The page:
Sunday, September 26, 2010

Camouflage Again

Check This Out
Click on the small images at the bottom of the page to enlarge them. EACH of the images has at least one person wearing MultiCam in it. (Click on the arrows at the ends < & > to see more pictures.) Sometimes they are so nearly invisible you'll swear there's no one there, but there is, you just have to stare at the picture for a few minutes to see them, but they're there. Also note the contrast when the MultiCam wearer is near a person wearing Woodland camouflage.

Being Seen
If ya' want'a be seen use Movement and Contrast.

For Contrast try Black on white, white on a black (or any dark color) background or white, orange, red or yellow against a green background. Ayup, flowering plants figured out how to attract pollinators and seed spreaders a long time ago.

Movement of just about anything against a contrasting background multiplies the chances of being noticed by the human eye.

Being UNseen
If ya' want'a disappear? Combine camouflage patterns (and/or dark dull colored clothing) with the elimination of outline, movement & contrast. Then blend in with the background shape and color.

Eliminate movement. Stand still! The human eye/mind is really attuned to noticing movement, particularly with peripheral vision. Turning your head, bringing your hand/arm up to take a toke on a cigarette will draw the attention of people to whom you were invisible. If you have to move walk within tree lines or next to large objects that will mask your movement and your hide your shape.

Contrast Wear clothing that approximates (i.e. does not contrast with) the colors of the background you expect to inhabit.

Back when I was running the surplus store a group of Border Patrol agents, wanting to order some MARPAT, came to me shortly after the USMC MARPAT camouflage pattern came out. They showed me a full color photo of some Border Patrol agents from a different district standing in front of some large mesquite bushes while wearing Woodland MARPET except for their hands and faces the agents were very hard to see. If they'd been wearing gloves and a little camo grease paint on their smiling faces they would have been virtually invisible!

In my humble opinion, in of all its versions MARPAT is superior to the ACU's Universal Camouflage Pattern.

Shape Wear clothing that blends in with your background so that your human shape isn't easily discernible. The human mind looks for remembered shapes. That's why it easily picks out the double-popsicle on sticks shape of a human's torso and legs or the "vehicleness" of a car or truck.

Never stand out in the open. Always stand in the shade and as close to large natural terrain objects (bushes, trees, boulders and buildings) as possible.

Outline Wear something that breaks up your outline. Ghillie suits and some modern 3D civilian camouflage like the Leafy 3D camo pants, jackets, hoods and hats sold at stores like Cabela's, Bass Pro or your local sporting goods store.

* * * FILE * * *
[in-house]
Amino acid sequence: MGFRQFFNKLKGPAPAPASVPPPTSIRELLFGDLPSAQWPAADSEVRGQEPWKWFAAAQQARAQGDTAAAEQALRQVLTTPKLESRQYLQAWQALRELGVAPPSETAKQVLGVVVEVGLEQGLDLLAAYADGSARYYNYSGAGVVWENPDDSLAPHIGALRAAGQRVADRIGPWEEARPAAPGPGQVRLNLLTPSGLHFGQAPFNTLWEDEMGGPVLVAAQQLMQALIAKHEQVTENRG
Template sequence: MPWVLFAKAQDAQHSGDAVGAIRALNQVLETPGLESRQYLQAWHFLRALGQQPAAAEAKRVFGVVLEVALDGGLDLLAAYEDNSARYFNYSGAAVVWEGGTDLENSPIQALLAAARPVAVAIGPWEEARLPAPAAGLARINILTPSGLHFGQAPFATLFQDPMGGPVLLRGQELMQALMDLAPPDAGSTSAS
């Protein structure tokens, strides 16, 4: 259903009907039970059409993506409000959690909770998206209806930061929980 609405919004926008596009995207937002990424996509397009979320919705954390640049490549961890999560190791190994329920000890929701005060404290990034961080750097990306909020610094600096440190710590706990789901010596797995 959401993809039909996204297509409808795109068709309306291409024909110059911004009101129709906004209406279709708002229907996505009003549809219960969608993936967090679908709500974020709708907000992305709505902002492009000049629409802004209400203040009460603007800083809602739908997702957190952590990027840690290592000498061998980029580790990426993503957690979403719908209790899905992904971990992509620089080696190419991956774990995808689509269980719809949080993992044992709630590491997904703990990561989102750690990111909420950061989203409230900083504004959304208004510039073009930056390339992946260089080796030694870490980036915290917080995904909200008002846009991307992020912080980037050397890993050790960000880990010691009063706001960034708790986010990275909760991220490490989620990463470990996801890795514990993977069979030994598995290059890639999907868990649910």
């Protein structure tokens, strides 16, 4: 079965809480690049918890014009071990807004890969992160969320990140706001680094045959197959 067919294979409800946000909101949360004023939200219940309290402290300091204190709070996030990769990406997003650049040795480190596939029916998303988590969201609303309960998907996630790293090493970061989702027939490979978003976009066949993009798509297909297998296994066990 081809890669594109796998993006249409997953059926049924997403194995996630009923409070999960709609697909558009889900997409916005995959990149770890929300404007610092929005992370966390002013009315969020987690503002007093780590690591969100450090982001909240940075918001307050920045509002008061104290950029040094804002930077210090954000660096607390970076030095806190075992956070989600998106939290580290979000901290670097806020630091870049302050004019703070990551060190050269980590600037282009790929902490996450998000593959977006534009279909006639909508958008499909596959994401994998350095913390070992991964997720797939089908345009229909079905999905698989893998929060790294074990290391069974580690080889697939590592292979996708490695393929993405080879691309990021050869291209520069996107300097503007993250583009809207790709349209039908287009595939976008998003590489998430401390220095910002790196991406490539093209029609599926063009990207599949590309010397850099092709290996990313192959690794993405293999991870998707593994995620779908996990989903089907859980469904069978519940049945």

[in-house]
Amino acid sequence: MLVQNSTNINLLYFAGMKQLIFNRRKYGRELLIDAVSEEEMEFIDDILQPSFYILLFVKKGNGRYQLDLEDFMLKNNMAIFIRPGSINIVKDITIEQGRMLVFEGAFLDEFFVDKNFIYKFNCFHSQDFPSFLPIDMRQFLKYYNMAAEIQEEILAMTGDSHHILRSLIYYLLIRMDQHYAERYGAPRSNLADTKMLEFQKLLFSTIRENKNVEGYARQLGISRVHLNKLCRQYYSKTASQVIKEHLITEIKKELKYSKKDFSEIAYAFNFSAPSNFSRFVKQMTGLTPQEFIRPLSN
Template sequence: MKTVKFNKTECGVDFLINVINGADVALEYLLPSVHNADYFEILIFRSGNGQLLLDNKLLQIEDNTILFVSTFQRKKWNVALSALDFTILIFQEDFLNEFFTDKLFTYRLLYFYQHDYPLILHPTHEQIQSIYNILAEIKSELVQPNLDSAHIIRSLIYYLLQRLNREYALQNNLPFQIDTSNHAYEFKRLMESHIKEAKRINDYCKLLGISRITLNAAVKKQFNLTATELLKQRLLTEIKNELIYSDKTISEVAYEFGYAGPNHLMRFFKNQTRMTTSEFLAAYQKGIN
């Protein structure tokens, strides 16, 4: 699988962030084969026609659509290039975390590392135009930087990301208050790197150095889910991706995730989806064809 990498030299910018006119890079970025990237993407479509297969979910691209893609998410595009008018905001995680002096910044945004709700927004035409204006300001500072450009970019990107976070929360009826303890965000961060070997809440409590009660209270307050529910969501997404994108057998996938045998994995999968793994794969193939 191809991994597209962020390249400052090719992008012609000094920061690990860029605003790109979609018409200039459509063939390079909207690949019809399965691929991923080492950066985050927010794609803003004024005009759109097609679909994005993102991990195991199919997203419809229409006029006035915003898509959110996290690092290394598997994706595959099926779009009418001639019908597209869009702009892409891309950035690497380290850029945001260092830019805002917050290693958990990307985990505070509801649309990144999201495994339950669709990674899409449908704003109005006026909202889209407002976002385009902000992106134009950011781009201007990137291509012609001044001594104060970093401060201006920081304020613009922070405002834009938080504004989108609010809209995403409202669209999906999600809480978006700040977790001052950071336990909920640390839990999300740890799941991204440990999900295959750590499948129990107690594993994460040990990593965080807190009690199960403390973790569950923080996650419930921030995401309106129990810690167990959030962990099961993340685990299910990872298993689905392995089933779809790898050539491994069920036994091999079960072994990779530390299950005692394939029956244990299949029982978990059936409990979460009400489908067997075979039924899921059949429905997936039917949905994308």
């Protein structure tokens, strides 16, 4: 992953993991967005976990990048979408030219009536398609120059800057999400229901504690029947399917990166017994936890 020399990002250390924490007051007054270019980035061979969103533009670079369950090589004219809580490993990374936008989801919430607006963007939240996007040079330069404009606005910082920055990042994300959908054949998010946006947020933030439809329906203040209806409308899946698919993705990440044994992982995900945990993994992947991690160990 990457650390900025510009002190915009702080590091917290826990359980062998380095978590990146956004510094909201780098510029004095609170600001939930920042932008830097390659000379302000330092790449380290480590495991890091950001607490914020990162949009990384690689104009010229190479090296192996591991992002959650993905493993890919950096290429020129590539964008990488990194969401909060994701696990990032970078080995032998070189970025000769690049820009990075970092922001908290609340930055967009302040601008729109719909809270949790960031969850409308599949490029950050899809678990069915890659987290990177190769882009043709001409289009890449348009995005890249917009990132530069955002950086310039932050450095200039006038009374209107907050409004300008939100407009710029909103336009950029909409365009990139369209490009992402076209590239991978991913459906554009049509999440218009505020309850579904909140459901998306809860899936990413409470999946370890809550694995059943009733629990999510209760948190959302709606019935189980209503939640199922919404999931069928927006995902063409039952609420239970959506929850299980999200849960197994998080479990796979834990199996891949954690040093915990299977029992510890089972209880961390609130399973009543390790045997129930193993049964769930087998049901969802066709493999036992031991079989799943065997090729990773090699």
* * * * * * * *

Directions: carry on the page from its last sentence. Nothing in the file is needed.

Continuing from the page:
Not having your shape outlined (or silhouetted) against the sky is one of the reasons military units take up positions on the military crests of hills.

I was moved to begin this revisit to the subject of personal camouflage when I stumbled onto the MultiCam web site the other day. MultiCam is, in my never so humble opinion, such a strong improvement over the US Army's current camouflage uniform that it's blasted its way through the layers of Pentagon inertia and bureaucracy to force its adoption for troops on the ground in Afghanistan. "However, it has been newly commissioned in 2010 and will be replacing the UCP pattern over time for use by US Army Units serving in Afghanistan."

MultiCam is such an improvement over the Universal Camouflage Pattern (Ayup it's the same ACU) that, if the bean counters can see their way clear to stop diverting millions of taxpayer dollars to the manufacturers of ACU's we could/would/should see MultiCam on our military here in the states soon.

It'll be a big improvement since the so called "Universal Camouflage Pattern" which is supposed to blend in with everything in general in fact blends in with nothing in particular which is why MultiCam is replacing the ACU's in the theater of operations where bullets are actually flying.

I'm planning to buy a set of cammies in MultiCam soon.

To Comment on this article E-Mail Me Unless you specifically ask me not to, I'll post your reply here in the blog so everyone can read it. Of course I'll remove your last name, email address and any other specific information for privacy purposes.

Saturday, September 18, 2010

Bug Out Bag

The other day I watched some guy's video presentation of his Bug Out Bag and its contents. We can forgive him his choice of a multi hundred dollar military/civilian backpack with more outside pockets than a billiard table; after all we enthusiasts do tend to get carried away sometimes.

His choice of color (coyote) was good but short of shotgun shells I can't figure out what all the "shotgun loops" would be useful for. And truth be told, all those outside pockets could come in handy.

Any of the military/civilian camouflage patterns in dark green, brown, black or tan or those colors themselves would be as good. (Just stay away from the bright colors like reds, yellows, orange and white.) You'll probably find more of the blend-in and camouflage bags at sporting goods and outdoor stores.

One good thing about the backpack is the fact that it was a hydration pack which lets the wearer drink on the go without stopping to unlimber a canteen.

Water is one of the heaver substances out there weighing in at a tad over eight and a third pounds per US gallon so having all that weight in close to your back not only enables you to carry more water, it keeps the weight in close to your body and leaves room for something else besides a canteen on the belt.